D-Day as in Dumoulin’s day in the high mountains and a huge stage awaits with three hard climbs spread over a gruelling 222km, or six and half hours.
The Route: 10km downhill and then the race tracks the Val Camonica north to Monno at 72km where the Mortirolo begins.
The Mortirolo enjoys a terrifying reputation but this is the easy eastern side, not the infamous ascent with consistent 12-13% gradients exploited by the likes of Marco Pantani and Alberto Contador. As such it’s a wider road and more gentle but it’s all relative, there’s plenty of 8% and it tightens up more after the village of San Giacomo. Points are doubled on the Mortirolo climb in commemoration of Michele Scarponi, a first category climb normally means 35-18-12-9-6-4-2-1 so it’s 70-36-24-18-12-8-4-2 for the first eight riders. This is more than arithmetic, it’s huge carrot for the early breakaway because the first rider over the top will collect molto points. The descent is steep at the top and steep at the bottom but again it’s not the infamous road either as they take the main road down to Grosio via a series of hairpins instead. Then it’s 25km up the main valley road to Bormio.
The Stelvio is a giant of a pass, Europe’s second highest paved pass in fact and with a relentless feel. The start at Bormio sits at 1209m above sea level and there’s 1.5km of vertical gain coming up. This side is 21km long and averages 7% but is often steeper. It’s a big wide road with an engineered feel, whether wide hairpins or the series of illuminated tunnels all leading to altitude above 2,000m where oxygen debt comes with a usury interest rate and the profile curiously omits the 12% ramps near the top where the snow banks await. Then comes the descent to Prato with 48 hairpins including the Trafoi section. The race loops into Switzerland and takes the uphill valley road to Glorenza.
The Umbrail Pass is the sister of the Stelvio, it joins the road Stelvio road just below the top of the pass. To get there it’s 13km at a hard 8.4%. If you’ve ridden up in the past you might have done the gravel section… but it’s got asphalt since the summer of 2015. This is a long grinding climb and they’ll start with 190km in the legs already.
The Finish: they descend the Stelvio via the road they climbed earlier, a skilful rider can exploit the road in places but there are lots of long straight sections where a group can see a rider ahead and where the tuck is more important than cornering and braking, it’s not the obvious place for a daredevil descender but in 1980 Bernard Hinault and Jean-René Bernaudeau exploited the then unlit tunnels to ride away for the stage win and eventually Hinault’s overall win. They reach Bormio with 2km to go and the final kilometre flattens out as it snakes around town, several tight turns end with a crucial left-hander with 100m to go on a slight rise.
The Contenders: the breakaway can go but surely Movistar are going to set a tough pace today so that Nairo Quintana can launch on the Umbrailpass. As we saw on the Blockhaus Quintana can soar and he might find the added altitude even more to his advantage. Yet he’s not coming across as so assured, as if El Condor’s wings have been clipped a little.
Mikel Landa has the freedom to attack. He was hanging with the best on the climb to Oropa but sits 44 minutes down on GC so he can attack without worrying the GC favourites, although the likes of Vincenzo Nibali and Thibaut Pinot both sorely want a stage win.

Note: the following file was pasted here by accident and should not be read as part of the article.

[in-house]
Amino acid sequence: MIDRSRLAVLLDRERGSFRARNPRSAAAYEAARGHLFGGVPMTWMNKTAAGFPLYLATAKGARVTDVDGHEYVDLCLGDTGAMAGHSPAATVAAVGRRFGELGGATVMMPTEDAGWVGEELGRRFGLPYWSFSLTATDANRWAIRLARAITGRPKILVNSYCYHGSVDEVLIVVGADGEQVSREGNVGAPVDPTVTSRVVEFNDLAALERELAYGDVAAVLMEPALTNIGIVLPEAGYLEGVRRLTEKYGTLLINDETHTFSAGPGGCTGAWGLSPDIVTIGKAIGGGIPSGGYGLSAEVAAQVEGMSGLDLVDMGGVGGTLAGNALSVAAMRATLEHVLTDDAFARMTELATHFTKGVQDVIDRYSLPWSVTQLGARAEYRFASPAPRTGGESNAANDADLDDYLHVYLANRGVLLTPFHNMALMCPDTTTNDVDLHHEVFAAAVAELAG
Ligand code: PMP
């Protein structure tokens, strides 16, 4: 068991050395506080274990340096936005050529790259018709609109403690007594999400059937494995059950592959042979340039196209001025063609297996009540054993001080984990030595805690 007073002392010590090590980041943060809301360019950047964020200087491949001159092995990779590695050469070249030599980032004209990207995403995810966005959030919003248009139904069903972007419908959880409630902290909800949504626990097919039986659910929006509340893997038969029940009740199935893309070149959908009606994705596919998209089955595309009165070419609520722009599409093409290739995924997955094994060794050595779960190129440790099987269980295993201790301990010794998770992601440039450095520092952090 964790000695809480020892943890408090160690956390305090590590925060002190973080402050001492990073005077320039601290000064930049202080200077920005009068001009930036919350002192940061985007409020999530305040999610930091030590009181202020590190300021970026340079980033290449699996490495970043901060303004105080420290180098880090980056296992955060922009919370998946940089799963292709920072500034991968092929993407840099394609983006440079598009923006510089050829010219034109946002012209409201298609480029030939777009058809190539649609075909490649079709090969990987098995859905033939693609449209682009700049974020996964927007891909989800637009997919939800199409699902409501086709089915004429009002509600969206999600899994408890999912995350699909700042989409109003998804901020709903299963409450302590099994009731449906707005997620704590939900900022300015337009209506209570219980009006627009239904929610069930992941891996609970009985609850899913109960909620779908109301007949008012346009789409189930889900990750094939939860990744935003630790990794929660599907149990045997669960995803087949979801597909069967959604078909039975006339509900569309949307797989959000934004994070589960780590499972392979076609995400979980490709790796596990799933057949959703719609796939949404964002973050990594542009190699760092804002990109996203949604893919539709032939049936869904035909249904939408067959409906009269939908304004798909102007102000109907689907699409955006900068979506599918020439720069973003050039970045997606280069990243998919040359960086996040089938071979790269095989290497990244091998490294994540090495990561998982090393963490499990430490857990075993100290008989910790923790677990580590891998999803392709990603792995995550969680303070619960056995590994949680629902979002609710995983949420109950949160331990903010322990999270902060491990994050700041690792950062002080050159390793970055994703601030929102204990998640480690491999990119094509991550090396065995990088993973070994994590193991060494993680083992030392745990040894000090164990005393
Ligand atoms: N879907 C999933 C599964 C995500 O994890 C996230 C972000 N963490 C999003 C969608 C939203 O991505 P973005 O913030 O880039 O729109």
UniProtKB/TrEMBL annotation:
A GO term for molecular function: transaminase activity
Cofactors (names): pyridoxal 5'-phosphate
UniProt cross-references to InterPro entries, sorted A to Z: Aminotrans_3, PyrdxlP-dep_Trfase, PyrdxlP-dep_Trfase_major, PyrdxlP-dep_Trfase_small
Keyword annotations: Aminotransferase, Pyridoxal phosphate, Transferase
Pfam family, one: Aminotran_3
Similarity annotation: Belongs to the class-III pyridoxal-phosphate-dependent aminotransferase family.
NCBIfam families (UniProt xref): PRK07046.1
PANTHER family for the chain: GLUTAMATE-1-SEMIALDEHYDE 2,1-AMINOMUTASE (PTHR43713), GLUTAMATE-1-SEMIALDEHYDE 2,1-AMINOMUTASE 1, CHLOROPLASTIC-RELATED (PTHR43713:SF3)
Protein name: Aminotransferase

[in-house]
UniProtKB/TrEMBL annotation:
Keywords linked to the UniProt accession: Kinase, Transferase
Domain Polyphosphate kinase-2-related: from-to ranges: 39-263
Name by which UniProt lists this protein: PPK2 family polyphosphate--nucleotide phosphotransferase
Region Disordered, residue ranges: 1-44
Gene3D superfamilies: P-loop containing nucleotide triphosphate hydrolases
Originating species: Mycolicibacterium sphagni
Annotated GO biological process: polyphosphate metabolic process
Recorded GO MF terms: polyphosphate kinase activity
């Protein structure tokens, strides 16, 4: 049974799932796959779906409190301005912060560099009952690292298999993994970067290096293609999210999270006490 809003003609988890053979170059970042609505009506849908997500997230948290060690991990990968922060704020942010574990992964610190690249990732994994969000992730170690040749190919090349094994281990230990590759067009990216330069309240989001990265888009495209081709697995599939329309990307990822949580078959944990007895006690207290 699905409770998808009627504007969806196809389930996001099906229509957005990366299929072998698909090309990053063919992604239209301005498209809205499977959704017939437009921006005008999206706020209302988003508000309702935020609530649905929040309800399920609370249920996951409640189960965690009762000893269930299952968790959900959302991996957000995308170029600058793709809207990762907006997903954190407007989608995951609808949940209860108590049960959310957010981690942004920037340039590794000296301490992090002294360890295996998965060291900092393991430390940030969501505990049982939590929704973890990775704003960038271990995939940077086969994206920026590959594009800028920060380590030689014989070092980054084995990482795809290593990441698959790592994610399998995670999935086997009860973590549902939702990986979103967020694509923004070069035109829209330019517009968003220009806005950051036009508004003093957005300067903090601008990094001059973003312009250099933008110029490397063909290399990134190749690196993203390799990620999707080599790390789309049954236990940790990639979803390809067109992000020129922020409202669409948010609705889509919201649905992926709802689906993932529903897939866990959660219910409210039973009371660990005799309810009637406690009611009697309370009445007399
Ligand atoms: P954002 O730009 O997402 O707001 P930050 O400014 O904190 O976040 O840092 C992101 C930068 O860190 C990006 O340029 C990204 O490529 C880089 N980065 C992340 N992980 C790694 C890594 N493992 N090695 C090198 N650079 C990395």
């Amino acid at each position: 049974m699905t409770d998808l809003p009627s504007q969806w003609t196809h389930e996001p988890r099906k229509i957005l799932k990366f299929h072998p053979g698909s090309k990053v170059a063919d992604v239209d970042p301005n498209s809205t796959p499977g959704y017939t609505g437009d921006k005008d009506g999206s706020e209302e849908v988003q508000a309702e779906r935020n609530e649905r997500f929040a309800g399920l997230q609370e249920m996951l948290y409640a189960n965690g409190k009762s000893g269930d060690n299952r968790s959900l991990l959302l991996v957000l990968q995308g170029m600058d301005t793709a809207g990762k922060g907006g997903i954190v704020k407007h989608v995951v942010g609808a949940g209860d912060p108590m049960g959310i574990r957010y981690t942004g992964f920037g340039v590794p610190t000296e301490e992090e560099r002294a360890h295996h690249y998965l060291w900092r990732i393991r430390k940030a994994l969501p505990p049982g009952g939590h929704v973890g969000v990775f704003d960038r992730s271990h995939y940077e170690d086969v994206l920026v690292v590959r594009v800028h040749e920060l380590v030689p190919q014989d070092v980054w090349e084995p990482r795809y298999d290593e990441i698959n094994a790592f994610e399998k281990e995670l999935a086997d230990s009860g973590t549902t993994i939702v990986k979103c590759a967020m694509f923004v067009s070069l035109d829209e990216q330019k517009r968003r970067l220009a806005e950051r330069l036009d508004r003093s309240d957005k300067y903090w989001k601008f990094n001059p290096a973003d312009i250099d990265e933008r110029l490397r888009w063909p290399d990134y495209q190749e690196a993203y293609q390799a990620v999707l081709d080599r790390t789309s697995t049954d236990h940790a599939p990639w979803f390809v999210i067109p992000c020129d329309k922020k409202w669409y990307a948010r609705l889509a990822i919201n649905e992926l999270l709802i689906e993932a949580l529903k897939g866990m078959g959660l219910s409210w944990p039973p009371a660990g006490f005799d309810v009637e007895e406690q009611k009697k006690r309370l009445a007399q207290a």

Adam Yates is a similar story, he’s unlikely to find Tom Dumoulin hunting him down in person because he’s 11th overall and seven minutes down but could find others watch him. He paid the price for trying to match Dumoulin on the climb to Oropa but should find his lighter build more advantageous today.
A descent to the finish? Once upon a time Vincenzo Nibali would be the top pick and he’s still got a good chance but hasn’t got much freedom to move and hasn’t been climbing so well so he may not be in position to launch that late attack and nor does the descent suit, it’s fast but not the most technical toboggan run so this isn’t the shoe-in stage for him even if he’s still an obvious pick.
Thibaut Pinot wants a stage win and this could be a good stage for him, he sprints well and as we saw in the Tour of the Alps, knows how to fight for position to come out of the final corner well. But how did his rest day go, he’s still more an artist than a machine and riskier for it.
What about Tom Dumoulin? Finishing within a minute of the names above would be good for him but the Umbrailpass is his finish line, make it there with his rivals and he can surely match them on the descent to Bormio… and if he can repeat his vertical speed from Oropa again then he could seal the deal here.
As mentioned earlier the chances of the breakaway sticking seem slim, some will aim for the double points on the Mortirolo and Stelvio and see this as the goal rather than the finish line but L-L Sanchez is riding strong, Pierre Rolland finds terrain more suited to his energetic attacks and Omar Fraile was so strong last week he could have a go again but the high mountains may be too much for the Basque.
|Nairo Quintana, Adam Yates, Thibaut Pinot|
|Landa, Nibali, L-L Sanchez, Rolland, Dumoulin, Fraile|
Weather: never mind all the scare stories – a little hype sometimes goes a long way – it’s a great day to ride in the mountains as it’ll be sunny with a few clouds and a temperature of 24°C in the valleys, 4-6°C at the top of the Stelvio and Umbrail passes.
TV: the stage starts at 10.40am and live images should begin at 12.20pm CET. The finish is forecast for 5.15pm CET. There’s live coverage on home broadcaster RAI in Italy and Eurosport for much of Europe and beyond. Otherwise cyclingfans.com and steephill.tv are the go-to sites for schedules and pirata feeds.